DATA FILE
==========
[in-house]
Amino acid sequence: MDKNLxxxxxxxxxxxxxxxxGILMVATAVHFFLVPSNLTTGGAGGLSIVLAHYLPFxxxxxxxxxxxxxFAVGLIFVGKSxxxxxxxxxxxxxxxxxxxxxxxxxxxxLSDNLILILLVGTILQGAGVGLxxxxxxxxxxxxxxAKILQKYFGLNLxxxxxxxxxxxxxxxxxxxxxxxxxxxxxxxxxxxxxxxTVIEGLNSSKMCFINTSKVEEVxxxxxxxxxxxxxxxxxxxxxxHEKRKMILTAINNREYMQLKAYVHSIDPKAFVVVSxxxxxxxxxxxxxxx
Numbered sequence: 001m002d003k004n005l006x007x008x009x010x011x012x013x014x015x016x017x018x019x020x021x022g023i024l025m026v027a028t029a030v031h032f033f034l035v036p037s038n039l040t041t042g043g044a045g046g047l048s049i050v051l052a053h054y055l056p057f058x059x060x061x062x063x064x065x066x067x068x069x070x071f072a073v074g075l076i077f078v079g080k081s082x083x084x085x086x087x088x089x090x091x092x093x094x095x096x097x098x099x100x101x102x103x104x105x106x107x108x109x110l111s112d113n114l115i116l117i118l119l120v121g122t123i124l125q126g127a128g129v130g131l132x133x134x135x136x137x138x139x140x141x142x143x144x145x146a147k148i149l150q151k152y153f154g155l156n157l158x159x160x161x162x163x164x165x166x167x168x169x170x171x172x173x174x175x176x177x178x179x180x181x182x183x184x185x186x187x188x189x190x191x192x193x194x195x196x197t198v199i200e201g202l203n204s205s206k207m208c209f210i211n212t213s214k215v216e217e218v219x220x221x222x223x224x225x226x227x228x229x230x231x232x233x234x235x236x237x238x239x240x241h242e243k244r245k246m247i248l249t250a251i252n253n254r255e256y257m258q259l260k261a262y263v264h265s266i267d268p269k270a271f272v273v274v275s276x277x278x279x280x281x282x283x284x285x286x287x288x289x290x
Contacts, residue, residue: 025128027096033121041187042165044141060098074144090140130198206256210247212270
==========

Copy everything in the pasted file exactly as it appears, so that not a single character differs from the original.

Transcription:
[in-house]
Amino acid sequence: MDKNLxxxxxxxxxxxxxxxxGILMVATAVHFFLVPSNLTTGGAGGLSIVLAHYLPFxxxxxxxxxxxxxFAVGLIFVGKSxxxxxxxxxxxxxxxxxxxxxxxxxxxxLSDNLILILLVGTILQGAGVGLxxxxxxxxxxxxxxAKILQKYFGLNLxxxxxxxxxxxxxxxxxxxxxxxxxxxxxxxxxxxxxxxTVIEGLNSSKMCFINTSKVEEVxxxxxxxxxxxxxxxxxxxxxxHEKRKMILTAINNREYMQLKAYVHSIDPKAFVVVSxxxxxxxxxxxxxxx
Numbered sequence: 001m002d003k004n005l006x007x008x009x010x011x012x013x014x015x016x017x018x019x020x021x022g023i024l025m026v027a028t029a030v031h032f033f034l035v036p037s038n039l040t041t042g043g044a045g046g047l048s049i050v051l052a053h054y055l056p057f058x059x060x061x062x063x064x065x066x067x068x069x070x071f072a073v074g075l076i077f078v079g080k081s082x083x084x085x086x087x088x089x090x091x092x093x094x095x096x097x098x099x100x101x102x103x104x105x106x107x108x109x110l111s112d113n114l115i116l117i118l119l120v121g122t123i124l125q126g127a128g129v130g131l132x133x134x135x136x137x138x139x140x141x142x143x144x145x146a147k148i149l150q151k152y153f154g155l156n157l158x159x160x161x162x163x164x165x166x167x168x169x170x171x172x173x174x175x176x177x178x179x180x181x182x183x184x185x186x187x188x189x190x191x192x193x194x195x196x197t198v199i200e201g202l203n204s205s206k207m208c209f210i211n212t213s214k215v216e217e218v219x220x221x222x223x224x225x226x227x228x229x230x231x232x233x234x235x236x237x238x239x240x241h242e243k244r245k246m247i248l249t250a251i252n253n254r255e256y257m258q259l260k261a262y263v264h265s266i267d268p269k270a271f272v273v274v275s276x277x278x279x280x281x282x283x284x285x286x287x288x289x290x
Contacts, residue, residue: 025128027096033121041187042165044141060098074144090140130198206256210247212270